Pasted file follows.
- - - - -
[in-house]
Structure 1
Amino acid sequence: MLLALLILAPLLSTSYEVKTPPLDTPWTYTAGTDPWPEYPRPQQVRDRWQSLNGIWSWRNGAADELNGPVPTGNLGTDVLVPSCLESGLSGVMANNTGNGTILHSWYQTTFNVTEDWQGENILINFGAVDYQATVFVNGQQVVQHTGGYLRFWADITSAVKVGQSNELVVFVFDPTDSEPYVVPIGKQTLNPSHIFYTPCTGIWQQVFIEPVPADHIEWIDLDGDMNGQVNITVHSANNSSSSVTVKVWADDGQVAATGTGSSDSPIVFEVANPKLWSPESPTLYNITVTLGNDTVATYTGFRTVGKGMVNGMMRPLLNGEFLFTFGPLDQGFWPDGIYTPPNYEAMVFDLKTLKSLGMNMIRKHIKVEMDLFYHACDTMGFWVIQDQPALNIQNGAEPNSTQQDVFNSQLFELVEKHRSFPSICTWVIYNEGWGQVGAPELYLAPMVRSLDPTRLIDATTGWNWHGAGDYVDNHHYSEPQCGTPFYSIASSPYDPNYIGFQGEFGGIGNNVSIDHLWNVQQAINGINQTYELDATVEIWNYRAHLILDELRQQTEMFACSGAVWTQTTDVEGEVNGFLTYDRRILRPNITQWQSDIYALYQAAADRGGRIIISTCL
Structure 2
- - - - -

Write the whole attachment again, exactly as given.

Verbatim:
[in-house]
Structure 1
Amino acid sequence: MLLALLILAPLLSTSYEVKTPPLDTPWTYTAGTDPWPEYPRPQQVRDRWQSLNGIWSWRNGAADELNGPVPTGNLGTDVLVPSCLESGLSGVMANNTGNGTILHSWYQTTFNVTEDWQGENILINFGAVDYQATVFVNGQQVVQHTGGYLRFWADITSAVKVGQSNELVVFVFDPTDSEPYVVPIGKQTLNPSHIFYTPCTGIWQQVFIEPVPADHIEWIDLDGDMNGQVNITVHSANNSSSSVTVKVWADDGQVAATGTGSSDSPIVFEVANPKLWSPESPTLYNITVTLGNDTVATYTGFRTVGKGMVNGMMRPLLNGEFLFTFGPLDQGFWPDGIYTPPNYEAMVFDLKTLKSLGMNMIRKHIKVEMDLFYHACDTMGFWVIQDQPALNIQNGAEPNSTQQDVFNSQLFELVEKHRSFPSICTWVIYNEGWGQVGAPELYLAPMVRSLDPTRLIDATTGWNWHGAGDYVDNHHYSEPQCGTPFYSIASSPYDPNYIGFQGEFGGIGNNVSIDHLWNVQQAINGINQTYELDATVEIWNYRAHLILDELRQQTEMFACSGAVWTQTTDVEGEVNGFLTYDRRILRPNITQWQSDIYALYQAAADRGGRIIISTCL
Structure 2